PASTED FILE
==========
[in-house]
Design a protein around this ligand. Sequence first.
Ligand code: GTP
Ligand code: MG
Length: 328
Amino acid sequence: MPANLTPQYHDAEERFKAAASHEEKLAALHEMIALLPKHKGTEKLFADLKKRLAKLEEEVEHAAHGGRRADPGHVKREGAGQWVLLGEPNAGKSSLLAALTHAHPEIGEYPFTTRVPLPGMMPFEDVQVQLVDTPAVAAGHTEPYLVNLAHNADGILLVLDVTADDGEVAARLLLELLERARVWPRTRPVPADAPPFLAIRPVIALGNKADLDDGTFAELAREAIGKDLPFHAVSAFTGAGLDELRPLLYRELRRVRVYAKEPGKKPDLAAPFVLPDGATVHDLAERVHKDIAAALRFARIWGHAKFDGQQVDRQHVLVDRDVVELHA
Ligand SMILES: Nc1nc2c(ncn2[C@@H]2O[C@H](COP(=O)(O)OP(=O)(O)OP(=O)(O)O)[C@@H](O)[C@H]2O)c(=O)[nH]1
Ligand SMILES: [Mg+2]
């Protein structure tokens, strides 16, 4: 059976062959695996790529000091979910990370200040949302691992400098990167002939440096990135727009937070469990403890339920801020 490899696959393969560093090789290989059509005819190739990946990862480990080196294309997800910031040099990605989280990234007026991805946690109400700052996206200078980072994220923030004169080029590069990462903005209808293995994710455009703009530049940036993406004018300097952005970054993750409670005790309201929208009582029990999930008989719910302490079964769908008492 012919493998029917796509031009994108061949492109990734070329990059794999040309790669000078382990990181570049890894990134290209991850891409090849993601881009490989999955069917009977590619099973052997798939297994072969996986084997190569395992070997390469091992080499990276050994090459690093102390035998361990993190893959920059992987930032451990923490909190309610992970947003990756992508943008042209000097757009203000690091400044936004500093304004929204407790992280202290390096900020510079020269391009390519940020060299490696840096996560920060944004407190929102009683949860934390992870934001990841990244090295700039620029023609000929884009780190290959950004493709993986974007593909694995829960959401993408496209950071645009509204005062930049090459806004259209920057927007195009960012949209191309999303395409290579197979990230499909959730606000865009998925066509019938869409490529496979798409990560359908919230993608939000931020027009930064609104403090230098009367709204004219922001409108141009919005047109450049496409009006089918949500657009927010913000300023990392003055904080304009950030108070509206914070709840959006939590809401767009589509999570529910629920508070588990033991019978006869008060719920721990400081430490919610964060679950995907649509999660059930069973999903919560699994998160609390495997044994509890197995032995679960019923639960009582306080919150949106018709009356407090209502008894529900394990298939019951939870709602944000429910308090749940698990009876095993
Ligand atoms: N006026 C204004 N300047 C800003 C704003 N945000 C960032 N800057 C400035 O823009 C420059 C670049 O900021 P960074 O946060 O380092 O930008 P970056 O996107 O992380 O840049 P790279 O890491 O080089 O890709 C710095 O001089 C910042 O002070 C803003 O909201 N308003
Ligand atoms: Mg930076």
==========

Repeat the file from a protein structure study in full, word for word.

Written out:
[in-house]
Design a protein around this ligand. Sequence first.
Ligand code: GTP
Ligand code: MG
Length: 328
Amino acid sequence: MPANLTPQYHDAEERFKAAASHEEKLAALHEMIALLPKHKGTEKLFADLKKRLAKLEEEVEHAAHGGRRADPGHVKREGAGQWVLLGEPNAGKSSLLAALTHAHPEIGEYPFTTRVPLPGMMPFEDVQVQLVDTPAVAAGHTEPYLVNLAHNADGILLVLDVTADDGEVAARLLLELLERARVWPRTRPVPADAPPFLAIRPVIALGNKADLDDGTFAELAREAIGKDLPFHAVSAFTGAGLDELRPLLYRELRRVRVYAKEPGKKPDLAAPFVLPDGATVHDLAERVHKDIAAALRFARIWGHAKFDGQQVDRQHVLVDRDVVELHA
Ligand SMILES: Nc1nc2c(ncn2[C@@H]2O[C@H](COP(=O)(O)OP(=O)(O)OP(=O)(O)O)[C@@H](O)[C@H]2O)c(=O)[nH]1
Ligand SMILES: [Mg+2]
């Protein structure tokens, strides 16, 4: 059976062959695996790529000091979910990370200040949302691992400098990167002939440096990135727009937070469990403890339920801020 490899696959393969560093090789290989059509005819190739990946990862480990080196294309997800910031040099990605989280990234007026991805946690109400700052996206200078980072994220923030004169080029590069990462903005209808293995994710455009703009530049940036993406004018300097952005970054993750409670005790309201929208009582029990999930008989719910302490079964769908008492 012919493998029917796509031009994108061949492109990734070329990059794999040309790669000078382990990181570049890894990134290209991850891409090849993601881009490989999955069917009977590619099973052997798939297994072969996986084997190569395992070997390469091992080499990276050994090459690093102390035998361990993190893959920059992987930032451990923490909190309610992970947003990756992508943008042209000097757009203000690091400044936004500093304004929204407790992280202290390096900020510079020269391009390519940020060299490696840096996560920060944004407190929102009683949860934390992870934001990841990244090295700039620029023609000929884009780190290959950004493709993986974007593909694995829960959401993408496209950071645009509204005062930049090459806004259209920057927007195009960012949209191309999303395409290579197979990230499909959730606000865009998925066509019938869409490529496979798409990560359908919230993608939000931020027009930064609104403090230098009367709204004219922001409108141009919005047109450049496409009006089918949500657009927010913000300023990392003055904080304009950030108070509206914070709840959006939590809401767009589509999570529910629920508070588990033991019978006869008060719920721990400081430490919610964060679950995907649509999660059930069973999903919560699994998160609390495997044994509890197995032995679960019923639960009582306080919150949106018709009356407090209502008894529900394990298939019951939870709602944000429910308090749940698990009876095993
Ligand atoms: N006026 C204004 N300047 C800003 C704003 N945000 C960032 N800057 C400035 O823009 C420059 C670049 O900021 P960074 O946060 O380092 O930008 P970056 O996107 O992380 O840049 P790279 O890491 O080089 O890709 C710095 O001089 C910042 O002070 C803003 O909201 N308003
Ligand atoms: Mg930076």